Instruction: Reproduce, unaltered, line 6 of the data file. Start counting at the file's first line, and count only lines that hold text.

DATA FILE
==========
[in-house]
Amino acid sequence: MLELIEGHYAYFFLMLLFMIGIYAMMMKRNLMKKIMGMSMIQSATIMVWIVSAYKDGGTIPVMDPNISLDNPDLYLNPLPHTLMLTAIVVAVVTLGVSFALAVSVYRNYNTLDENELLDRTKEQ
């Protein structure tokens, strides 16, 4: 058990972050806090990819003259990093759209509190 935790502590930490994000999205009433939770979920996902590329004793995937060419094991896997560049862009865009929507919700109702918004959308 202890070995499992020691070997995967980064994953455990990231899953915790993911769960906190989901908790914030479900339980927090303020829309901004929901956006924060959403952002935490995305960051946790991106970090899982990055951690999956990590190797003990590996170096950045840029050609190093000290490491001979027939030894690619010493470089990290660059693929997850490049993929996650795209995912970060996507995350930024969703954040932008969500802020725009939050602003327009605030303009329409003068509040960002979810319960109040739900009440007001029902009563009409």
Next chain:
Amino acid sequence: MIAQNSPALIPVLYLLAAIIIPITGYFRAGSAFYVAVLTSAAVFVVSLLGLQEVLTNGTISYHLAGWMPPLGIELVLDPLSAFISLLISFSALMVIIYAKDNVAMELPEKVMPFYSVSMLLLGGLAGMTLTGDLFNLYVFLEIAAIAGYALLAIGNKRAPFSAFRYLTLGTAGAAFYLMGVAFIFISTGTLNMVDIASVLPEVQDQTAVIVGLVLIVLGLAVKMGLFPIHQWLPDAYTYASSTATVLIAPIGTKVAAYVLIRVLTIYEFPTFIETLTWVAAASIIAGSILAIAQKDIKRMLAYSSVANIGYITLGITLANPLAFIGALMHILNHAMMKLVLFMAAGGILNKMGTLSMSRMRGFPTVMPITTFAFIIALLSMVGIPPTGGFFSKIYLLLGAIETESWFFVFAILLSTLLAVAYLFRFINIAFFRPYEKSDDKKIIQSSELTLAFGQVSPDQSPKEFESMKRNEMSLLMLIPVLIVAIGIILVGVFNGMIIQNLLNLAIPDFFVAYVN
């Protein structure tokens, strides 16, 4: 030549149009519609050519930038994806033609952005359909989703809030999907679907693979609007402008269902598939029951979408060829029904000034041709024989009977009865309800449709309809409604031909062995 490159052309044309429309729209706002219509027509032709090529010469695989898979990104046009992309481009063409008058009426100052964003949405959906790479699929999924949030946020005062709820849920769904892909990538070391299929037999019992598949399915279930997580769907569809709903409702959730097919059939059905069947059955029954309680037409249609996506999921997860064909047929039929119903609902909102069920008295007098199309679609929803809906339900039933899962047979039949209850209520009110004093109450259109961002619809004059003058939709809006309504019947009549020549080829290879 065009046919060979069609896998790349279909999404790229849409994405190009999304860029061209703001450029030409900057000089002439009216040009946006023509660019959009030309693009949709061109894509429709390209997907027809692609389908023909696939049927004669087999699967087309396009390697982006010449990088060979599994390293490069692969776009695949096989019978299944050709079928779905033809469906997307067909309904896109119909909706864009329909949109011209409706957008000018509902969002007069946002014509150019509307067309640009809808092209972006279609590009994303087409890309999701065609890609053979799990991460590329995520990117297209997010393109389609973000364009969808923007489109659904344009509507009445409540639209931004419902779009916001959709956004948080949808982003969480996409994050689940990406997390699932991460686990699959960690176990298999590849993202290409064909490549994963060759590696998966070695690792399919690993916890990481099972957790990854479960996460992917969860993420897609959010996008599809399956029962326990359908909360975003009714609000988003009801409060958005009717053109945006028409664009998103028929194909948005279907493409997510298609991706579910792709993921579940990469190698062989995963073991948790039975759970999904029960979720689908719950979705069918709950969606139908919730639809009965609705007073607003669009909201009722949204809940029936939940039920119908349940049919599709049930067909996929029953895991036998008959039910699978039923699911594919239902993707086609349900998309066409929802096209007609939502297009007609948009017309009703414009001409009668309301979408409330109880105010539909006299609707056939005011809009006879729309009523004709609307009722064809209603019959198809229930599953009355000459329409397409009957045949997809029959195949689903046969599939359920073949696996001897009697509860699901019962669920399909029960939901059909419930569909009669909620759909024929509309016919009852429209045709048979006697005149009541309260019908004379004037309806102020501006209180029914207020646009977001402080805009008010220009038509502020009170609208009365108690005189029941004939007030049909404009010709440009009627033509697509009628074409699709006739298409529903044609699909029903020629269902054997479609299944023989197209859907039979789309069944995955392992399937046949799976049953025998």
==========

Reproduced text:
């Protein structure tokens, strides 16, 4: 030549149009519609050519930038994806033609952005359909989703809030999907679907693979609007402008269902598939029951979408060829029904000034041709024989009977009865309800449709309809409604031909062995 490159052309044309429309729209706002219509027509032709090529010469695989898979990104046009992309481009063409008058009426100052964003949405959906790479699929999924949030946020005062709820849920769904892909990538070391299929037999019992598949399915279930997580769907569809709903409702959730097919059939059905069947059955029954309680037409249609996506999921997860064909047929039929119903609902909102069920008295007098199309679609929803809906339900039933899962047979039949209850209520009110004093109450259109961002619809004059003058939709809006309504019947009549020549080829290879 065009046919060979069609896998790349279909999404790229849409994405190009999304860029061209703001450029030409900057000089002439009216040009946006023509660019959009030309693009949709061109894509429709390209997907027809692609389908023909696939049927004669087999699967087309396009390697982006010449990088060979599994390293490069692969776009695949096989019978299944050709079928779905033809469906997307067909309904896109119909909706864009329909949109011209409706957008000018509902969002007069946002014509150019509307067309640009809808092209972006279609590009994303087409890309999701065609890609053979799990991460590329995520990117297209997010393109389609973000364009969808923007489109659904344009509507009445409540639209931004419902779009916001959709956004948080949808982003969480996409994050689940990406997390699932991460686990699959960690176990298999590849993202290409064909490549994963060759590696998966070695690792399919690993916890990481099972957790990854479960996460992917969860993420897609959010996008599809399956029962326990359908909360975003009714609000988003009801409060958005009717053109945006028409664009998103028929194909948005279907493409997510298609991706579910792709993921579940990469190698062989995963073991948790039975759970999904029960979720689908719950979705069918709950969606139908919730639809009965609705007073607003669009909201009722949204809940029936939940039920119908349940049919599709049930067909996929029953895991036998008959039910699978039923699911594919239902993707086609349900998309066409929802096209007609939502297009007609948009017309009703414009001409009668309301979408409330109880105010539909006299609707056939005011809009006879729309009523004709609307009722064809209603019959198809229930599953009355000459329409397409009957045949997809029959195949689903046969599939359920073949696996001897009697509860699901019962669920399909029960939901059909419930569909009669909620759909024929509309016919009852429209045709048979006697005149009541309260019908004379004037309806102020501006209180029914207020646009977001402080805009008010220009038509502020009170609208009365108690005189029941004939007030049909404009010709440009009627033509697509009628074409699709006739298409529903044609699909029903020629269902054997479609299944023989197209859907039979789309069944995955392992399937046949799976049953025998």